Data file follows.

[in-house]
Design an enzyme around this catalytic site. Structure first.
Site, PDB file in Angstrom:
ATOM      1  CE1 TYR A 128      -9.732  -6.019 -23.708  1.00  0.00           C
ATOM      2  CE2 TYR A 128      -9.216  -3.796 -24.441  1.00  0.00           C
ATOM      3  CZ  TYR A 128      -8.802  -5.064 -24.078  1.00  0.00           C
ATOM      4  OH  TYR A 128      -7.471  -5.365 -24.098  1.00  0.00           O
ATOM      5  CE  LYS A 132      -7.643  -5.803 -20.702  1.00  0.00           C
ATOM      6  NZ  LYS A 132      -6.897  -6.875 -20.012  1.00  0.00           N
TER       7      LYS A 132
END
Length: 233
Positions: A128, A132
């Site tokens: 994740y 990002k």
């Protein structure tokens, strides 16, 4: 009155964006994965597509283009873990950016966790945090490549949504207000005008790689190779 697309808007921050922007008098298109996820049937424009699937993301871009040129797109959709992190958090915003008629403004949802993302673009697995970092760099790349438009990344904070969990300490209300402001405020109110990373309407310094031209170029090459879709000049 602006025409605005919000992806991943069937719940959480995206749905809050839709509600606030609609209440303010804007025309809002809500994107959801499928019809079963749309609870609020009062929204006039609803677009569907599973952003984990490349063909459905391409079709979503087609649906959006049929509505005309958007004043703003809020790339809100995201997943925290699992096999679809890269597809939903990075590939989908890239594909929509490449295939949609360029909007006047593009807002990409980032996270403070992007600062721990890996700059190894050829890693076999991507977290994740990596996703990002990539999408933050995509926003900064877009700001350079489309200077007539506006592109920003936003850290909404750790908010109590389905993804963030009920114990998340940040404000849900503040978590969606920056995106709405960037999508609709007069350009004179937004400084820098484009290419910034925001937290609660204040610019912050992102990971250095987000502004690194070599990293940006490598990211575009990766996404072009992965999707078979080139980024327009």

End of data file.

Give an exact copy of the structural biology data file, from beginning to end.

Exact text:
[in-house]
Design an enzyme around this catalytic site. Structure first.
Site, PDB file in Angstrom:
ATOM      1  CE1 TYR A 128      -9.732  -6.019 -23.708  1.00  0.00           C
ATOM      2  CE2 TYR A 128      -9.216  -3.796 -24.441  1.00  0.00           C
ATOM      3  CZ  TYR A 128      -8.802  -5.064 -24.078  1.00  0.00           C
ATOM      4  OH  TYR A 128      -7.471  -5.365 -24.098  1.00  0.00           O
ATOM      5  CE  LYS A 132      -7.643  -5.803 -20.702  1.00  0.00           C
ATOM      6  NZ  LYS A 132      -6.897  -6.875 -20.012  1.00  0.00           N
TER       7      LYS A 132
END
Length: 233
Positions: A128, A132
């Site tokens: 994740y 990002k």
């Protein structure tokens, strides 16, 4: 009155964006994965597509283009873990950016966790945090490549949504207000005008790689190779 697309808007921050922007008098298109996820049937424009699937993301871009040129797109959709992190958090915003008629403004949802993302673009697995970092760099790349438009990344904070969990300490209300402001405020109110990373309407310094031209170029090459879709000049 602006025409605005919000992806991943069937719940959480995206749905809050839709509600606030609609209440303010804007025309809002809500994107959801499928019809079963749309609870609020009062929204006039609803677009569907599973952003984990490349063909459905391409079709979503087609649906959006049929509505005309958007004043703003809020790339809100995201997943925290699992096999679809890269597809939903990075590939989908890239594909929509490449295939949609360029909007006047593009807002990409980032996270403070992007600062721990890996700059190894050829890693076999991507977290994740990596996703990002990539999408933050995509926003900064877009700001350079489309200077007539506006592109920003936003850290909404750790908010109590389905993804963030009920114990998340940040404000849900503040978590969606920056995106709405960037999508609709007069350009004179937004400084820098484009290419910034925001937290609660204040610019912050992102990971250095987000502004690194070599990293940006490598990211575009990766996404072009992965999707078979080139980024327009």